"Payment gateway" is not a phrase you're likely to hear in everyday conversation. A technical term for something we have all used (probably many, many times) payment gateways are a staple for ecommerce websites.
A payment gateway is the bit of technology that sits between your website and the payment networks. It's what connects the dots between your credit card and the credit card company that's authorizing the sale.
Payment gateways are essential for associations' ecommerce functions. They are used for online stores, event registration fees, and membership dues payments. With the right payment gateway, you'll ensure that your association's online transactions are processed smoothly and your members' information is secure.
If a payment gateway is not included in your current AMS or provided by your website or online community vendor, then you need to choose your own payment gateway.
Not sure what companies or organizations provide payment gateways?
To give you some context, consider PayPal, Bluepay, CardConnect, and Chase Paymentech. These are a few big names in the payment gateway industry that might be options for your associations. There are dozens of possibilities though, so which payment gateway is best for your association's website, AMS, and online community?
One of the most difficult parts of deciding which gateway is best for your association is taking all the important factors into consideration. To make sure you consider the most crucial aspects, ask these 10 questions when shopping for a new payment gateway.
This is an excellent question to start with because it could significantly narrow down your choices. Chances are your system (or systems) have a list of payment gateways that they have pre-built integrations with.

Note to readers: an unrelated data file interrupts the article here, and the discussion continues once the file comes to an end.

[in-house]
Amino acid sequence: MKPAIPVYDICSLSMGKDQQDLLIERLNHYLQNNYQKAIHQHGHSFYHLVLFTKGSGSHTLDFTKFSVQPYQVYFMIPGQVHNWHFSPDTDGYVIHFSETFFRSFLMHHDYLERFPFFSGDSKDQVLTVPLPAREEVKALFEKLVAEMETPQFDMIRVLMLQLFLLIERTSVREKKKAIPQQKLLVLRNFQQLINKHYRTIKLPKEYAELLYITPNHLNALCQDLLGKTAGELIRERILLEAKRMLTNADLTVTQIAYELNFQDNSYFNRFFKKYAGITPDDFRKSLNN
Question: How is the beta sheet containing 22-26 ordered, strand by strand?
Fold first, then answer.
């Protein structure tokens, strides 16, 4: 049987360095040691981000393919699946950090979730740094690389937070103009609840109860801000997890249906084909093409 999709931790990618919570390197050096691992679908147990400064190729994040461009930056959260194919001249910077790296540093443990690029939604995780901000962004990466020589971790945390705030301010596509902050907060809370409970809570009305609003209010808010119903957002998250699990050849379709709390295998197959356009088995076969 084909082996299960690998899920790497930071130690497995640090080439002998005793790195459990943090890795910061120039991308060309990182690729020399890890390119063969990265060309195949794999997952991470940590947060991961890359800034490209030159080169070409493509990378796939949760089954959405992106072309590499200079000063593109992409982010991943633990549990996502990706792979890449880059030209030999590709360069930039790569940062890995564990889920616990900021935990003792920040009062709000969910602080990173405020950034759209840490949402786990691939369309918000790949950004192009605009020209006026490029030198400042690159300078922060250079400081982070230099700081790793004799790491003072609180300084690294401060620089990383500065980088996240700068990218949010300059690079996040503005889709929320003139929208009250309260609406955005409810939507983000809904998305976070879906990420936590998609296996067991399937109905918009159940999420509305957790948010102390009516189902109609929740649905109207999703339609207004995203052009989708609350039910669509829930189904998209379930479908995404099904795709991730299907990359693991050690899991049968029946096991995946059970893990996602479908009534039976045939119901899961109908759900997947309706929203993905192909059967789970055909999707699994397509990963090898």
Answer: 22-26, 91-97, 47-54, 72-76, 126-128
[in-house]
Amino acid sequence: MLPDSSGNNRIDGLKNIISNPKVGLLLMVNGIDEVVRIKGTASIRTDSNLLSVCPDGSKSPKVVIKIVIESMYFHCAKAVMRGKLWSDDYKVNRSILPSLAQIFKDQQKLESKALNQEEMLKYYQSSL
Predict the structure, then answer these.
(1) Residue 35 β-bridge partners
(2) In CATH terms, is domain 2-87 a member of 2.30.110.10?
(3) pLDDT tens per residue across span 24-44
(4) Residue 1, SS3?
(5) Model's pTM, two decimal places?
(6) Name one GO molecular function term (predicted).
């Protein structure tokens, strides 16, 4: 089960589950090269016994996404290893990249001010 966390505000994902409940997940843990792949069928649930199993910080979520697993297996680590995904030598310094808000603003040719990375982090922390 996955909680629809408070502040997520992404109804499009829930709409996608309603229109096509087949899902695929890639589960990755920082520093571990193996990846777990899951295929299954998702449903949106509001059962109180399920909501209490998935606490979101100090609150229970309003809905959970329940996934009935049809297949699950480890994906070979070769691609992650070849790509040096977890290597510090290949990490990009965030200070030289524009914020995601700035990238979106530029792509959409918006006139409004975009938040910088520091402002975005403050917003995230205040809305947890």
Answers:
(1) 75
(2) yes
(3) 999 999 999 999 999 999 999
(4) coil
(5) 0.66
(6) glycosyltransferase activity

Pre-built integrations are often the easiest solutions, but if you would like to explore more options, talk to your system providers. Often, they'll be able to integrate with the payment gateway of your choice for a small fee.
The payment gateway isn't the only component involved in a transaction, your systems should be taken into account as well. That means your online community, website, and AMS also impact how payment details are taken and processed. From a technical point of view, there are two ways your systems likely take payment details from users.
We recommend you use an iFrame or redirect when setting up your payment gateway integration, as that will keep both your members and your organization safe.
Consider whether your provider and payment gateways are PCI compliant as well. PCI, or Payment Card Industry has Data Security Standards (PCI DSS) that set the baseline for secure methods of handling credit and debit card payments. PCI compliant sites help eliminate insecure properties, and will provide a further level of security for your organization and its members.
Payment gateways do not stand alone. You also need to think about merchant accounts, or the special bank accounts that money goes into. These accounts are different from your regular business account, and allow you to accept credit card payments.
Some payment gateway providers, such as Sage or PayFlow Link, offer just a payment gateway and require you to have your own merchant account. Other payment providers such as PayPal and Chase Paymentech offer a combined payment gateway and merchant account. With these all-in-one payment service providers, you're set up to automatically use their merchant account. Depending on your organization's needs, you can choose the option that fits best.
You don't necessarily need to limit yourself to one payment gateway. Some website, community, and membership management systems allow you to offer multiple payment options to your members.
Additional, or secondary, providers can be a good backup in case of any problems with your primary payment gateway or merchant account. The most popular â€˜secondary' option to offer is PayPal. Many consumers have PayPal accounts and use it to avoid entering credit card details into yet another website, so consider offering PayPal as an alternative even if it's not your main payment gateway.